" class="no-js "lang="en-US"> Exclusive: 'What is driving IDV in crypto?' - Delphine Chen, Wirex and Charles Roberts, IDnow in "The Paytech Magazine" - Fintech Finance
Thursday, February 22, 2024

Exclusive: ‘What is driving IDV in crypto?’ – Delphine Chen, Wirex and Charles Roberts, IDnow in “The Paytech Magazine”

Delphine Chen, Business Compliance Manager at global cryptocurrency exchange Wirex, and Charles Roberts, who heads up the financial services team for Germany-based identity verification business IDnow, believe harmonised regulation and the use of biometrics are crucial for the future of the crypto industry

One of the biggest obstacles to mainstream cryptocurrency adoption is the widespread stigma of illicit activity attached to the crypto industry.

In an effort to dismantle the belief that cryptocurrency is largely unregulated and hazardous, the last couple of years have seen crypto firms implementing new identity verification (IDV) services, with  enhanced customer due diligence.

According to Delphine Chen, business compliance manager at global cryptocurrency exchange Wirex, despite many changes over the past decade, regulatory solutions are lagging behind technological ones.

“Regulators are still trying to find their way in terms of how to regulate enough, but not  too much”, says Chen. On the other hand, there have been numerous, innovative IDV solutions coming from third-party providers.

Crypto platforms have come a long way from asking users to upload a photo or scanned copy of their ID, and manually reviewing their documentation. Machine learning and artificial intelligence (AI) technology have been leveraged to automate this process. Users are now asked to take selfies holding their ID, while the technology scans the document and checks its originality, extracts information using optical character recognition (OCR) and performs facial recognition faster, and with more precision, than humans can.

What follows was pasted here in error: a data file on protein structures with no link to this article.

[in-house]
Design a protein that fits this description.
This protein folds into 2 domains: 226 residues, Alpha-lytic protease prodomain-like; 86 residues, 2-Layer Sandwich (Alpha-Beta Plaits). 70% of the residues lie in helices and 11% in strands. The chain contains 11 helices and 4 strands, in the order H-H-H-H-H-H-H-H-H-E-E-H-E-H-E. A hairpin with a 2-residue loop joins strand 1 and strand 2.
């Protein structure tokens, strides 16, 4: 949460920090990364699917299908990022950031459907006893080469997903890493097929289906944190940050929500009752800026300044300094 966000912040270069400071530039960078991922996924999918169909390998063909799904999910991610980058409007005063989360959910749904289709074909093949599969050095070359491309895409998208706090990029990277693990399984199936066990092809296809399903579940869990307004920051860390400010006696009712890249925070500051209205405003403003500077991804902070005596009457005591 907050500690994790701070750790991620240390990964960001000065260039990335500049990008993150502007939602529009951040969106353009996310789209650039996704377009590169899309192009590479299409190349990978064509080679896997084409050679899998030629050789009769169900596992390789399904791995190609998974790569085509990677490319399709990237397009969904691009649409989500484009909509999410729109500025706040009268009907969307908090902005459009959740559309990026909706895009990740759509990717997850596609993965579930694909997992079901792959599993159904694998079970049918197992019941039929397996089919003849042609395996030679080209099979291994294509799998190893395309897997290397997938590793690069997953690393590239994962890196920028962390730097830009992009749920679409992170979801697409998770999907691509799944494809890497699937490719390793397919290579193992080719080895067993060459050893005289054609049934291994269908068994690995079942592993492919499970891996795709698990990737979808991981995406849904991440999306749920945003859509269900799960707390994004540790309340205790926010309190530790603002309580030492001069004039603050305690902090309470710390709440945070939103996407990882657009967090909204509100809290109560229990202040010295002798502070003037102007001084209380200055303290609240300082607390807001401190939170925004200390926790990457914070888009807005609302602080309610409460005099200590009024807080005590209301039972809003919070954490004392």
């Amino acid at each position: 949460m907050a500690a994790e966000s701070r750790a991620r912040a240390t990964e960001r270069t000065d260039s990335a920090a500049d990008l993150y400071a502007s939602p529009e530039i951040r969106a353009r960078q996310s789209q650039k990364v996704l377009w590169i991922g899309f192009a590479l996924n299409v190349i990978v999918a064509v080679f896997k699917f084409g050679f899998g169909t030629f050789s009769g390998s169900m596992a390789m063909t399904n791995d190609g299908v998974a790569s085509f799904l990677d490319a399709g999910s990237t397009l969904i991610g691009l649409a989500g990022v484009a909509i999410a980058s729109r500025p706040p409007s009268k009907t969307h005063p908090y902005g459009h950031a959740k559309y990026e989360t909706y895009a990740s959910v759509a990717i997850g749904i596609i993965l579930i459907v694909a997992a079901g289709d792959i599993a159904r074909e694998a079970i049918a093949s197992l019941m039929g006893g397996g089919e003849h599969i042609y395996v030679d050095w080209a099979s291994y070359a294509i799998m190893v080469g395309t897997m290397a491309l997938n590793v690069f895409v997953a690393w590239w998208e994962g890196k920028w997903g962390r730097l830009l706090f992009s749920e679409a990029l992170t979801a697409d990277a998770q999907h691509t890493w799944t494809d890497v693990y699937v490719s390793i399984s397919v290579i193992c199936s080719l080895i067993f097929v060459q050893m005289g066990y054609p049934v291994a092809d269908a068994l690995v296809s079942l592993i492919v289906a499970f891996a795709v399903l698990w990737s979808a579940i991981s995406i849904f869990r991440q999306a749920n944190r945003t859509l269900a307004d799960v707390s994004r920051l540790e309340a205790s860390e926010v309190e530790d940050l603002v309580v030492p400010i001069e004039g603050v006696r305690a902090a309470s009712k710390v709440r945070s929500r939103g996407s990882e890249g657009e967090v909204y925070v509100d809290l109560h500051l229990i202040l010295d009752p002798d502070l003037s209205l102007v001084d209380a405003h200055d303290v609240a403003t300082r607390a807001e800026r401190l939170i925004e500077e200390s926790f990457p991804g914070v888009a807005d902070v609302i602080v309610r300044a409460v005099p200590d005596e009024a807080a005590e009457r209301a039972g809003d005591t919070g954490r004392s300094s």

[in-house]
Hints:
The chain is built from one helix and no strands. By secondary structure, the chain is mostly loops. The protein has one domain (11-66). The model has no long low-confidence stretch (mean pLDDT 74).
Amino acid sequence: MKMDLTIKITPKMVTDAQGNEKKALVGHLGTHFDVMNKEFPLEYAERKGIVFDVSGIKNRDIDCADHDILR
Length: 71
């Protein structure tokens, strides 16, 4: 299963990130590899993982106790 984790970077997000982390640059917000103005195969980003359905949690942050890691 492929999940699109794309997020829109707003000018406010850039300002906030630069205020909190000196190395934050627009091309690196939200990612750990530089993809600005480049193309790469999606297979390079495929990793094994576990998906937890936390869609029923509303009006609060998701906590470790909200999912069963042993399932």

German IDV services provider IDnow has taken it a step further by offering customer identity authentication via video calls. Recently, the startup has seen an uptake in requests for its services from crypto firms. Charles Roberts, who heads up its financial services team, identifies two dominant drivers: fraud prevention and regulation.

Fraudsters have been creative in finding new ways to get away with forgery and identity theft, putting crypto firms under pressure to protect the credibility of their platforms and show customers that they care about the security of their funds and data. Roberts believes the human element of video authentication services is crucial to fraud prevention, because talking with the person allows firms to better assess their credibility.

Regulatory changes and AML5

In 2018, the European Commission published the new Anti-Money Laundering Directive (AML5), which amended and was built upon AML4. The deadline for EU member states to incorporate AML5 provisions into national law was January 10, 2020. The new Directive extends to virtual currencies and includes updates on know your customer (KYC) procedures.